Oil pressure in a engine plays an important role in making sure that oil reach the areas they need to.

This helps reduce the wear of engine parts.

Normal oil pressure may vary slightly from one vehicle model to another.

When there’s proper pressure, you’ll see the needle on the gauge at about the middle of the scale, and you won’t see the low-pressure warning indicator light come on.

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To properly lubricate, cool, and clean critical components like crankshaft and camshaft bearings, pistons, and other moving parts, there should be adequate oil flow and pressure in the lubrication system. Together, flow and pressure allow lubrication of components under the valve cover at the top of the engine as well.

To do this, the oil pump has to push oil through narrow clearances under bearings and galleries. It is these narrow passages that build pressure in the system because they restrict the rate of oil flow. The faster the engine moves, the higher the rate of oil flow and the higher the pressure.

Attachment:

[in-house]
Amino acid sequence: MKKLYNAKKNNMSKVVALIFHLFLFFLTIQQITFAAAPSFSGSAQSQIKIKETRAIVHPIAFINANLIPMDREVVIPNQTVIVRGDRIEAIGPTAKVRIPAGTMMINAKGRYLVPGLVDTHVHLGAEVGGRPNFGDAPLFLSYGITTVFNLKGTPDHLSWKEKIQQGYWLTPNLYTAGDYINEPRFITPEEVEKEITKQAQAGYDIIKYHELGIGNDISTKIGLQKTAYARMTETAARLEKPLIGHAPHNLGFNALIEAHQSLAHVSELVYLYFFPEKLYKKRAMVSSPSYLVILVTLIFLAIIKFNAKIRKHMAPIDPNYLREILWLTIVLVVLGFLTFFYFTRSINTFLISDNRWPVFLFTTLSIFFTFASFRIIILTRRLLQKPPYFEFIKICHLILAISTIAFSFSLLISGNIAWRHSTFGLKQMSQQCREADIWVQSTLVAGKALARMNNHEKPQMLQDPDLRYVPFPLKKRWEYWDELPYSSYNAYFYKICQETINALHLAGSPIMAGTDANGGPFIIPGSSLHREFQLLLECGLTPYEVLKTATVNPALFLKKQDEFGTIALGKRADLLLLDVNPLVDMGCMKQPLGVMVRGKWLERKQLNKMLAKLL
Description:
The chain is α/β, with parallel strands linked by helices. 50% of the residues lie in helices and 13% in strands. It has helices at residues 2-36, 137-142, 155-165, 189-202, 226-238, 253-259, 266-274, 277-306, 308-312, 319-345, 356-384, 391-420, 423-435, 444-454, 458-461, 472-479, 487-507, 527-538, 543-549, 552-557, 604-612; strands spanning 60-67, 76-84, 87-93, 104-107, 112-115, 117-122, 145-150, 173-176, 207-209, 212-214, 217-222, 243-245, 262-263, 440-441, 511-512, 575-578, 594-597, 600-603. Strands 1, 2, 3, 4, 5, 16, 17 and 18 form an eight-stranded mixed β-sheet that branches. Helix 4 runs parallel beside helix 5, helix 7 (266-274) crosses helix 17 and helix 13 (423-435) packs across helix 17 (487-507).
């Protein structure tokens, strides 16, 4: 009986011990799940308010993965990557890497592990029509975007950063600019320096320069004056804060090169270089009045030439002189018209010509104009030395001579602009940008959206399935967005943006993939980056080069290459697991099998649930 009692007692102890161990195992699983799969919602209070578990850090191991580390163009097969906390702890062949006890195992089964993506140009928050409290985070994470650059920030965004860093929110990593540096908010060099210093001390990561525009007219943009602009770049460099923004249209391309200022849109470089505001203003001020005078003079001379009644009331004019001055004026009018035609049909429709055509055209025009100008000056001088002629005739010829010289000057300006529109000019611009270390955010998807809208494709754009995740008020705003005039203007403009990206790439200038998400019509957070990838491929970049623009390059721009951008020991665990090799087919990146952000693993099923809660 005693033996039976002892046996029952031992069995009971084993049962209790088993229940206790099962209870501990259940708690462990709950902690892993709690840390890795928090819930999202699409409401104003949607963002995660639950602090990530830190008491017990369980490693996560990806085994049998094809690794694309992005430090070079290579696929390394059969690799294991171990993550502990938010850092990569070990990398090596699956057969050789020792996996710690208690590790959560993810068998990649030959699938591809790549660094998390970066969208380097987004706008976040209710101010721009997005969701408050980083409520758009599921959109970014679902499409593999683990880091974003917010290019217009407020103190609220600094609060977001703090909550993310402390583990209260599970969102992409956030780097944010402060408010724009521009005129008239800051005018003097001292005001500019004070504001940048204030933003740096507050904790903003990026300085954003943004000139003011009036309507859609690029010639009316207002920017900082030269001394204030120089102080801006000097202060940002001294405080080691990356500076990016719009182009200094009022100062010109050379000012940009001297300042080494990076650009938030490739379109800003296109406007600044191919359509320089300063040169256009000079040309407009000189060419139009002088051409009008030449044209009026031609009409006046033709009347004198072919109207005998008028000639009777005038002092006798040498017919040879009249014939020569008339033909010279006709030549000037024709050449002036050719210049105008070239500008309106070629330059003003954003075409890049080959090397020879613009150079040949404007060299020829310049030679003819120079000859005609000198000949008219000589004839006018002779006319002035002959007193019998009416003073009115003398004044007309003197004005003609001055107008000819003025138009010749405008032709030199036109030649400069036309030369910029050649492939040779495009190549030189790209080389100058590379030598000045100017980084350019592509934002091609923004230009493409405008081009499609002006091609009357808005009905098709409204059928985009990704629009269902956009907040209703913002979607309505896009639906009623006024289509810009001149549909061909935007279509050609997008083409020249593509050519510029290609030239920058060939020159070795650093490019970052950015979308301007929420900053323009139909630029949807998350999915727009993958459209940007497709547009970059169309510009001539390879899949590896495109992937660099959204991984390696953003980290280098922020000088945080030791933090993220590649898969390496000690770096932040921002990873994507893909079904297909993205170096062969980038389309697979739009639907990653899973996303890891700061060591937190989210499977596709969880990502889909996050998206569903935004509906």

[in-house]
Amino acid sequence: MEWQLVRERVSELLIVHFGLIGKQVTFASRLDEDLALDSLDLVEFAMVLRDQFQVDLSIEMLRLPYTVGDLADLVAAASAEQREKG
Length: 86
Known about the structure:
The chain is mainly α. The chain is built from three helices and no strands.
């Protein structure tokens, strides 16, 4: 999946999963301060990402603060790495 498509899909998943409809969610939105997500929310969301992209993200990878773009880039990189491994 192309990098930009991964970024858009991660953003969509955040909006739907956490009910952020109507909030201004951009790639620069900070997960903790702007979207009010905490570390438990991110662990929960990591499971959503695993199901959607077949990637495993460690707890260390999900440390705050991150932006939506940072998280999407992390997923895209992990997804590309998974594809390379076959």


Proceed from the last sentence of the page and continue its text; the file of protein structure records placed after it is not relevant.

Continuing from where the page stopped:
Too much pressure can be damaging to engine components, though. A relief valve close to the oil pump opens when the pressure reaches a predetermined value, usually between 45 and 75 psi, allowing extra oil to drain back into the oil pan.

However, when the lubrication system can’t maintain proper oil flow, or pressure drops when it should not, engine components are going to be starved of much-needed oil.

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